Monday, July 4, 2011

The Subversive Business Model

The word "subversive' is one with negative connotations;  For many small businesses it is the only way to survive and grow.  I have spent a lifetime in the world of "small" and I currently market a niche product to a niche market; thus I find my company wedged between three major niche retailers and we have to differentiate ourselves from a variety of indirect competition in regards to product:  One could not ask for a better position! 

The big keep getting bigger and the small keep disappearing; but that is only because the small do not exploit niches; they do not find the 'archilles heel' of their much larger competitors.  I know that no matter how great our success, and at projections of 50 million in annual sales in 5 years, I plan on growing rapidly, but in the big scheme of things that will not even equal 10% of what any one of my major competitors will achieve.  In fact, for a year I was an affiliate of one competitor and we were earning over $2,000 a month from the affiliation which we invested back into them by buying their consumer mailing list! 

Look for barriers to entry, or 'moats;"  a niche by definition has distinct barriers, and as a small business you can exploit those for your own benefit.  In my case, we screen print shirts, and all of my competitors sell screen printed shirts.  But, the fundamental difference is that they import theirs while we do our in house, thus we can react quicker, and offer more customization, which they will never be able to do.

A major competitors takes months or even a year to bring something to market, and a small company should be able to react overnight.  One of my competitors has 60,000 employees!  Can you imagine trying to implement a change in an organization that size?  The internet has totally revolutionized our world, and it has become the 'achilles heel' of the dominant businesses in industries.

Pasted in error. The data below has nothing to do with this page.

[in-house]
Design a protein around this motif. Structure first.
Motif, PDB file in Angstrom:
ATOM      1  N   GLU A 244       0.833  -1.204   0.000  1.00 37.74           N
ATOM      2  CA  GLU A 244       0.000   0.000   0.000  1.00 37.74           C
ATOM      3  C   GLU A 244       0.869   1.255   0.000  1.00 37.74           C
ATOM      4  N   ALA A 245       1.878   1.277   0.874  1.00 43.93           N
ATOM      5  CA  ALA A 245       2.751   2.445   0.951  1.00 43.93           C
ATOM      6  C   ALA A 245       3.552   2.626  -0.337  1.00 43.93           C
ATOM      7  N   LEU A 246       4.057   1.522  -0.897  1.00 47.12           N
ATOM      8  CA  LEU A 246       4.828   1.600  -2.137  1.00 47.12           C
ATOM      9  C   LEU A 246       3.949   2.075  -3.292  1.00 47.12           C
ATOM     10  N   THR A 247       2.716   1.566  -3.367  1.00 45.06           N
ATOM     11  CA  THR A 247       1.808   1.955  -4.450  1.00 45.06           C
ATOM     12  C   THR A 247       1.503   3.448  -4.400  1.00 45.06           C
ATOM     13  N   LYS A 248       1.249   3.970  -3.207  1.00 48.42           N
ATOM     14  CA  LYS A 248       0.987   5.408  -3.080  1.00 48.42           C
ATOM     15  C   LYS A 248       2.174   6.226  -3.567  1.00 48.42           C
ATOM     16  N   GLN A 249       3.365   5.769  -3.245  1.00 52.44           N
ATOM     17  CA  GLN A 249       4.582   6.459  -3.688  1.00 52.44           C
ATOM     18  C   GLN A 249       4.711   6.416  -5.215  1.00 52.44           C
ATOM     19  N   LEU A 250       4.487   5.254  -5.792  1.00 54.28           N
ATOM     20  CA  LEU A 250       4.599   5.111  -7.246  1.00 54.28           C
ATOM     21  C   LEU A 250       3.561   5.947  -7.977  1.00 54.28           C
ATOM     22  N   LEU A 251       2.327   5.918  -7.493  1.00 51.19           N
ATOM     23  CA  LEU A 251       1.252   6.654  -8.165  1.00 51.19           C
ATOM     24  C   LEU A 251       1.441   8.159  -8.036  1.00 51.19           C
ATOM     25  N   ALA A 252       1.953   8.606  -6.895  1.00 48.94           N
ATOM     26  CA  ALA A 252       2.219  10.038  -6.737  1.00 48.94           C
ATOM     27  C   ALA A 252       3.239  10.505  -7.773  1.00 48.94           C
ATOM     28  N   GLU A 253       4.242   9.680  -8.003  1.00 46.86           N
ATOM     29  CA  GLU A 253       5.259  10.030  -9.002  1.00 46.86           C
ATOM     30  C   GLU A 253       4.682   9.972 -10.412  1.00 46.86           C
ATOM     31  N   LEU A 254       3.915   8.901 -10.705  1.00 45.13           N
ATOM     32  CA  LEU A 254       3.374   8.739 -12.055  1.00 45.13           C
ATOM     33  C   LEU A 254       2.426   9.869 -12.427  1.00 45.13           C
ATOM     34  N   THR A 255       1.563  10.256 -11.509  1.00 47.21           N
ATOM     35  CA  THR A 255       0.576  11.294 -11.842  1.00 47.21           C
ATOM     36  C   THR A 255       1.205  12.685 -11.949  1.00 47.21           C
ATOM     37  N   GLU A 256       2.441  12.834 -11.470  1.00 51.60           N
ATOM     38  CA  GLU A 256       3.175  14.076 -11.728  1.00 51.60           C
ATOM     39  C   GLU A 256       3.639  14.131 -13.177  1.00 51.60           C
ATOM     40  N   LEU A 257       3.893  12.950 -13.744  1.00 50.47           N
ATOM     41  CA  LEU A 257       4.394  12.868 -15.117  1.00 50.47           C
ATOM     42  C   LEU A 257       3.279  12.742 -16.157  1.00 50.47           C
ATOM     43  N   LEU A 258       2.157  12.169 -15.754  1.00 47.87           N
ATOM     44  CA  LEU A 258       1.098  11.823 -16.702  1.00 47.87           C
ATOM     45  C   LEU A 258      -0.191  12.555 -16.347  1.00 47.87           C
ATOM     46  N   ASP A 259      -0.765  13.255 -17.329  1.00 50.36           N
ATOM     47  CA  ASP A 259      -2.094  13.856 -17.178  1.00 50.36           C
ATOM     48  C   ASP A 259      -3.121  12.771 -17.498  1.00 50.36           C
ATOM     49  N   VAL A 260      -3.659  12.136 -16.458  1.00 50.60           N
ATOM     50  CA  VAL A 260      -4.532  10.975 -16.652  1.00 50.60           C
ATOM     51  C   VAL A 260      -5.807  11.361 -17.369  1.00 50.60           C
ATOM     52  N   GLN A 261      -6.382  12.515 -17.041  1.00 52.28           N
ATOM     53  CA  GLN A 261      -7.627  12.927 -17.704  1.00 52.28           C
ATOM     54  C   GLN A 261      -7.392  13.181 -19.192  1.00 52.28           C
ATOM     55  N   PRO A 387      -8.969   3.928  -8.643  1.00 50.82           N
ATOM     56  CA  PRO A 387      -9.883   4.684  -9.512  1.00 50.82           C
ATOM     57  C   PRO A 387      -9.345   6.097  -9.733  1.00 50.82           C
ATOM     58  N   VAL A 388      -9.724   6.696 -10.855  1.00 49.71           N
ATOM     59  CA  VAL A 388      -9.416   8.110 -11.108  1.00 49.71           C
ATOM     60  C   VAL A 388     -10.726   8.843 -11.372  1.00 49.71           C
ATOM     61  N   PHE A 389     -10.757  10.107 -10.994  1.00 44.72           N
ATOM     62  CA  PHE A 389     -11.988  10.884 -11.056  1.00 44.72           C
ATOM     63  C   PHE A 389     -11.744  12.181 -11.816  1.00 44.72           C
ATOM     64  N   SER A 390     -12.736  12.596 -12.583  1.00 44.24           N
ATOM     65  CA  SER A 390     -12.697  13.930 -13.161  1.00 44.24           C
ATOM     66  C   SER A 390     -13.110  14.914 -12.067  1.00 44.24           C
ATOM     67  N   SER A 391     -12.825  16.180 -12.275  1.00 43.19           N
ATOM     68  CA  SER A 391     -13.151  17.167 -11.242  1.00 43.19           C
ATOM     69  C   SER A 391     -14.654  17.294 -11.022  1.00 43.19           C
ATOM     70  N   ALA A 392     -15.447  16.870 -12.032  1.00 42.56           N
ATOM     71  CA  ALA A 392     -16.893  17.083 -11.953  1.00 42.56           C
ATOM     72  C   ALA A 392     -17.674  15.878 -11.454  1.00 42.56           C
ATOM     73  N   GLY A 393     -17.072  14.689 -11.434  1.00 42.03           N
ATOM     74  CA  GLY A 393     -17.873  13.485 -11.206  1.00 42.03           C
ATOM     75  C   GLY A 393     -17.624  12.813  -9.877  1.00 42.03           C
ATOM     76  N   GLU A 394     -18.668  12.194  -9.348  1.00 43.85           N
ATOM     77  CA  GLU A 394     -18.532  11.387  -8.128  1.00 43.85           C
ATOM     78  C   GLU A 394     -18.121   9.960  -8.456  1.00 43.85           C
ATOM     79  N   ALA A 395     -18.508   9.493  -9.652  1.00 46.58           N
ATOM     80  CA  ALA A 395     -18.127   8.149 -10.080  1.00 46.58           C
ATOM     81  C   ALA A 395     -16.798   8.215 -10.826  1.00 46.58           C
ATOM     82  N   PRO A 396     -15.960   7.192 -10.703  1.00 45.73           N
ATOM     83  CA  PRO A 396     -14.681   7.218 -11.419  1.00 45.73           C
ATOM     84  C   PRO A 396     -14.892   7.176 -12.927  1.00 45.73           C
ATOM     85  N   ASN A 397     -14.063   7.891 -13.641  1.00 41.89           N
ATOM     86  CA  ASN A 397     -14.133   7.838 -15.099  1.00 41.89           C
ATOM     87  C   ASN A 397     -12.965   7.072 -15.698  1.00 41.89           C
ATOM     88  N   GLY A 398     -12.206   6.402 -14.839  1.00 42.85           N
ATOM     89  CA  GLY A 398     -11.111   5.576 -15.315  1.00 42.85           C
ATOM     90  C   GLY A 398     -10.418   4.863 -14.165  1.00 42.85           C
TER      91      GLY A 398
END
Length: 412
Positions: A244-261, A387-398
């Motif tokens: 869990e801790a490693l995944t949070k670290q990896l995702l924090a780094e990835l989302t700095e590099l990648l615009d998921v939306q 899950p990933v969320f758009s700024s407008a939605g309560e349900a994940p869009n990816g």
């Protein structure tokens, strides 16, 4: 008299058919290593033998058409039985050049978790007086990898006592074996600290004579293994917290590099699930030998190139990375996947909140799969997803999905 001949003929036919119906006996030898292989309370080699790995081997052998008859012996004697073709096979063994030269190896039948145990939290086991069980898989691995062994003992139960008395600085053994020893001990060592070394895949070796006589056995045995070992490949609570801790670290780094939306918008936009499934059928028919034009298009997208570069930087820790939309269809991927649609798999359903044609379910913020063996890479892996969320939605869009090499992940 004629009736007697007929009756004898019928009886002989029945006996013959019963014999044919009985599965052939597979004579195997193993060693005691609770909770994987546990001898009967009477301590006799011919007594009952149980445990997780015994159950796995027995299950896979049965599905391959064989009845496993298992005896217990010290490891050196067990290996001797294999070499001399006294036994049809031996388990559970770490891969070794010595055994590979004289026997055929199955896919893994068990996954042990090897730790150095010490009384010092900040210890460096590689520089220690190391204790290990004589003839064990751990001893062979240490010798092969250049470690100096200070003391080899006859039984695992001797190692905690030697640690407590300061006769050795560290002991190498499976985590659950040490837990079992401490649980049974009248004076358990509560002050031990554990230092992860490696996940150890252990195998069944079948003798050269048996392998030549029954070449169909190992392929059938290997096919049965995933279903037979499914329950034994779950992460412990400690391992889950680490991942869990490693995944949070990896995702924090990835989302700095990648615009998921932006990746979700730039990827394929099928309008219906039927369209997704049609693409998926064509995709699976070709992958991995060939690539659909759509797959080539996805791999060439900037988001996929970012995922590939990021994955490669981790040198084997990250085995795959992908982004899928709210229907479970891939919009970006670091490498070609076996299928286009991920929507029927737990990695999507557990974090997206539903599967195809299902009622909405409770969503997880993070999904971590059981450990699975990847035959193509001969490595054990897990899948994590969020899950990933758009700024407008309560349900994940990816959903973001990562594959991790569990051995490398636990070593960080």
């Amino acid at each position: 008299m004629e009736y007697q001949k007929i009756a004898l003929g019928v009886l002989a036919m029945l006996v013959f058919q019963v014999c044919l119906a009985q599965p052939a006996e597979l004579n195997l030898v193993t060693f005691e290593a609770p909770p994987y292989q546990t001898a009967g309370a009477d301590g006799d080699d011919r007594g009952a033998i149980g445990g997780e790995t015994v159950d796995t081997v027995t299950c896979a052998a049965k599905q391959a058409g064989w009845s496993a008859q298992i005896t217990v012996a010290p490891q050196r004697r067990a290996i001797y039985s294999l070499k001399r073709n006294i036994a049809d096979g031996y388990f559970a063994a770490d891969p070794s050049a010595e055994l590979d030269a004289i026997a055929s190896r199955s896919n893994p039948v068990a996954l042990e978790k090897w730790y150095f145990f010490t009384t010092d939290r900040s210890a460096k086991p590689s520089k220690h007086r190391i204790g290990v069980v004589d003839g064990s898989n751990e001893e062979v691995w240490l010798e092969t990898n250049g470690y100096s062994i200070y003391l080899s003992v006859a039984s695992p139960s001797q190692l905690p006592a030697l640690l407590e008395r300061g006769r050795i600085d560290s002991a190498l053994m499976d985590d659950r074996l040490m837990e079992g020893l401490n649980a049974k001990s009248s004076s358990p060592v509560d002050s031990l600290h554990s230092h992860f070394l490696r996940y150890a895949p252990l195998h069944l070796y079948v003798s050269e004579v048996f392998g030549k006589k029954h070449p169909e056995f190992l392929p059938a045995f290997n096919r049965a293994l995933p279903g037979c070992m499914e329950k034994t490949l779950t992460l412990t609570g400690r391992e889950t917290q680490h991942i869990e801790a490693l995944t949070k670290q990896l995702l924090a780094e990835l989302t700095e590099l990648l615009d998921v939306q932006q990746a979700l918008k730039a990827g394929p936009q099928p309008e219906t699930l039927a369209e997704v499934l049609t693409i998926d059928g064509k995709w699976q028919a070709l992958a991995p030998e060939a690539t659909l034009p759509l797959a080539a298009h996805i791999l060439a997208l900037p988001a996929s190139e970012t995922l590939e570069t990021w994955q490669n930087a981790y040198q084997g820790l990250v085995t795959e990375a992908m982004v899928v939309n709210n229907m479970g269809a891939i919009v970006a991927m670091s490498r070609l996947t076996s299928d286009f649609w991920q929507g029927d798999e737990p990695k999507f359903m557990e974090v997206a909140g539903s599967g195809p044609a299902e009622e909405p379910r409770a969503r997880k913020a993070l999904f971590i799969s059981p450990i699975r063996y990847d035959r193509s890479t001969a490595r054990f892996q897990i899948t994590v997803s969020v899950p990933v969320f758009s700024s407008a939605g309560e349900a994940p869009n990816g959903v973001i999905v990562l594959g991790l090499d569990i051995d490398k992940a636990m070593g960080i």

The most critical factor of the subversive business model is to seek out collaborators rather than see everyone around you as competitors.  The reality is no one can answer the question, "how big is your market?"  

In my niche, there are 76,500,000 obese American adults and in another poll, the average American owns 26 tee shirts, which means that my   market could cap at 2 billion tee shirts!  But, that is just obese adults, it does not include all the world, nor does it even begin to define my market; some people are just big rather than obese.  All I want is a 10th of 1% of this market and I will surpass my goals!  Since the average plus sized or big and tall consumer has considerably less than 26 tee shirts and close to zero screen printed tees getting to my goal doesn't require competition with anyone.

The key is to always remember that you can only defeat yourself in the world today.  As Tom Anderson, the founder of MySpace stated in a recent comment in regards to Facebook/Google+:
"But quickly I saw that it’s really hard to layer in social to features after the fact. At MySpace we had the luxury of having social first, and building the products on top of that layer. Then I choked and Facebook realized that vision. ;-)"

If you know your niche, and you have defined your business model, then  execute....and don't become intimidated and choke.

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